Brain MRI Scan (Magnetic Resonance Imaging)

What Is It?

A Brain MRI (alternately called a brain scan, MRI scan, or magnetic resonance imaging) is a neurological test which produces a high-resolution image of the contents of the head. It is a commonly used study to evaluate patients with neurological complaints to investigate for diseases of the brain. MRI scans can be performed for other parts of the body as well, including the spine, extremities and chest.

Magnetic resonance imaging, the scientific term behind a brain MRI, is a relatively new technique which uses the quantum mechanical characteristics of protons in your body tissues to create an image. The specific details of the science behind an MRI is quite complex. In general, the patient is placed in a large magnet which aligns all their protons into the same spin. A radiofrequency pulse stimulates these protons, most abundant in water, and an electrical coil around the head detects the signals that result. In the end, the computer uses complex mathematics to convert these signals into an image which the physicians read and interpret.

The appearance of an MRI scanner is similar to a CT Scan in that it is a large donut-shaped tube. The patient's lays on a table while their head is inside the "donut". Unlike a CT scan, no x-rays are used to produce a brain MRI so there is no exposure to radiation. The patient does not feel anything during the performance of the study although some patients complain of claustrophobia while in the scanner.

Sometimes a brain MRI is performed with injection of a contract agent. This is basically a dye that is injected into the blood which shows up brightly on the MRI scan. It can help to make some diagnoses more clearly visible, such as many brain tumors.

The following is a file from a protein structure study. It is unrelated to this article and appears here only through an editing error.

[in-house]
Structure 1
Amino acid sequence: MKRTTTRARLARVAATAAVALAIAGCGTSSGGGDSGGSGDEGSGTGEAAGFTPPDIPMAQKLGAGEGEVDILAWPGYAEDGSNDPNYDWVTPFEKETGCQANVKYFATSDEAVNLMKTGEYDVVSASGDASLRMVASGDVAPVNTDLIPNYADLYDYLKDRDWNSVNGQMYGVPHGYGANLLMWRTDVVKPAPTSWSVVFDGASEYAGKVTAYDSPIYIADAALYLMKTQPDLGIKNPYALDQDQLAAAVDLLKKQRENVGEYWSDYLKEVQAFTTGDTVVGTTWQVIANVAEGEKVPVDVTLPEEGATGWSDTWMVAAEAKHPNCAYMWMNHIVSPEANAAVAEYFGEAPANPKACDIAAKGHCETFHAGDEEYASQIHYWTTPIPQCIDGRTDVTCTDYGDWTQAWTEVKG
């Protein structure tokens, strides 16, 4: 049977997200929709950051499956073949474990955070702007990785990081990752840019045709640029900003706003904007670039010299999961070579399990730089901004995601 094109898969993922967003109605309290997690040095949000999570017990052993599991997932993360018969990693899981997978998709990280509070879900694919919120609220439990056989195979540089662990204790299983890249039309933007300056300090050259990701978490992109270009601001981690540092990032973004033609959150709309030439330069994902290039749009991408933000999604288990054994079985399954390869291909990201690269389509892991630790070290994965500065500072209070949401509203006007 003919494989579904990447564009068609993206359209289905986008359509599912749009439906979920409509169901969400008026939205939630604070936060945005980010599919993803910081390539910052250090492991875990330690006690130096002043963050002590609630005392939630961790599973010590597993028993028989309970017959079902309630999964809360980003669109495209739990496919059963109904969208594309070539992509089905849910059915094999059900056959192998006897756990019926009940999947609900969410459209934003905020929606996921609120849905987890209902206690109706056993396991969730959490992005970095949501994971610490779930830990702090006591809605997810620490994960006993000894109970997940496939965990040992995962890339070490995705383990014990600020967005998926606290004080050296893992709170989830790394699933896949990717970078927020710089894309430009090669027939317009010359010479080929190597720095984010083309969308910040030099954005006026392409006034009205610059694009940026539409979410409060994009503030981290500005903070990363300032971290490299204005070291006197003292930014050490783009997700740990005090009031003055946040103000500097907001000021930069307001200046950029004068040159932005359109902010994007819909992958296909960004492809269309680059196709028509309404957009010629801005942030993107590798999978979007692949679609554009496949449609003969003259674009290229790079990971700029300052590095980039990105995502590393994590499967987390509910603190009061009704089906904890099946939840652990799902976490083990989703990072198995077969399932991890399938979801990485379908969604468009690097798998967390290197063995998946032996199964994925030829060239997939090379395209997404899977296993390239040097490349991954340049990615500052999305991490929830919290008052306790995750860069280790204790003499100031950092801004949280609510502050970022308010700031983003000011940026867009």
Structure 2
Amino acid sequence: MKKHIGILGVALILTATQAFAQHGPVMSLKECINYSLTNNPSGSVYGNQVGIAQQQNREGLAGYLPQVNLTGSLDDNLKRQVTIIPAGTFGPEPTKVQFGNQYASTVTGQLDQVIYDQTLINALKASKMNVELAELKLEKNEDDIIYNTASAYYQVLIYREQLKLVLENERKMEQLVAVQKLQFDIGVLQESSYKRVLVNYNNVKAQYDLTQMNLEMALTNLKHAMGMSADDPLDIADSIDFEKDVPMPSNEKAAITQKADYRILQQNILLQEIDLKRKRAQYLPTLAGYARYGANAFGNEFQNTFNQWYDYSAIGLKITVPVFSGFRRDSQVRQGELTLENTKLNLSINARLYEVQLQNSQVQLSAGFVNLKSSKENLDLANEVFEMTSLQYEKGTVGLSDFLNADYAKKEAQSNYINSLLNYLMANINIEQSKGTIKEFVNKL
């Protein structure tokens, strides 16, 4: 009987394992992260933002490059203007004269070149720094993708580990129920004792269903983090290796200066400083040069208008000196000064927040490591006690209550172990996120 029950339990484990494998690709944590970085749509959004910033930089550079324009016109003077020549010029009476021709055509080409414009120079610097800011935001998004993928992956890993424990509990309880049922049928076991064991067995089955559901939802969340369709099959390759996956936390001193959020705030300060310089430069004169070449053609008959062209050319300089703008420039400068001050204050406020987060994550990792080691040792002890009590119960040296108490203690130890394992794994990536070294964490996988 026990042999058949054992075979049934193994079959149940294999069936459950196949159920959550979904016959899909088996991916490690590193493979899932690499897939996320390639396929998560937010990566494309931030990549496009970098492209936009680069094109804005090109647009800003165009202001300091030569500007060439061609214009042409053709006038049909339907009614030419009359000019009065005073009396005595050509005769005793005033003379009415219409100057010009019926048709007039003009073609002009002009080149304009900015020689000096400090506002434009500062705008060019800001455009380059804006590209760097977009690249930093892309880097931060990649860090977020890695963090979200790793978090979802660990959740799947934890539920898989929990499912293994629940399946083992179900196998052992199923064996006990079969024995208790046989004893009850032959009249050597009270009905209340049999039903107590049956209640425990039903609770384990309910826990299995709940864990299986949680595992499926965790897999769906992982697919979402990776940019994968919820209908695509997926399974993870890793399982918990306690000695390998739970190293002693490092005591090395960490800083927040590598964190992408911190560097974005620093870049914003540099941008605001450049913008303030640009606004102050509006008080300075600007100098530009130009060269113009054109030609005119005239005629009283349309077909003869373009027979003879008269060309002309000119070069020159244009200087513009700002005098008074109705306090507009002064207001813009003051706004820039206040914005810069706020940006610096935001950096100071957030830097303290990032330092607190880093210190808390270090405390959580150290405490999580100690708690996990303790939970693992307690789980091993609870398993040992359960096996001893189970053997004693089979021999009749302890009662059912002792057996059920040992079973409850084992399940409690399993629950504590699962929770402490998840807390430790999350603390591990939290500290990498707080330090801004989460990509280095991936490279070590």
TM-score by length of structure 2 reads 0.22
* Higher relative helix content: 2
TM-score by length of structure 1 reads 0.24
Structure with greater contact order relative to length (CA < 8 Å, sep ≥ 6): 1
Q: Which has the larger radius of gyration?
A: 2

What Is It Used For?

As mentioned above, an MRI produces a high-resolution image of the internal parts of the body. There are several different types of MRI imaging which focus on different characteristics of the tissues. By interpreting these various images that are produced, a radiologist or other physicians can help to make diagnoses of medical conditions.

Not all medical conditions have specific findings on MRI. For example, a patient in coma due to uncontrolled diabetes would typically show nothing abnormal in their brain. Rather, brain MRI is good at showing structural changes in or around the brain. For example, MRI is excellent at detecting tumors of the nervous system. They can also show changes in the tissue of the brain consistent with stroke and hemorrhage, or bleeding into the brain.

MRI is more expensive and slower to perform than CT scan, so they are not used for every patient. Pathologies which can be easily diagnosed quickly on a CAT scan, such as acute head trauma and bone pathology, will use that type of brain scan. MRI however is more versatile and shows better resolution of subtle details than a CT scan so it is used frequently for stroke, tumors, spinal disease and other pathology.

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Important Note: This site is not intended to offer medical advice. Every patient is different, and only your personal physician can help to counsel you about what is best for your situation. What we offer is general reference information about various disorders and treatments for your education.

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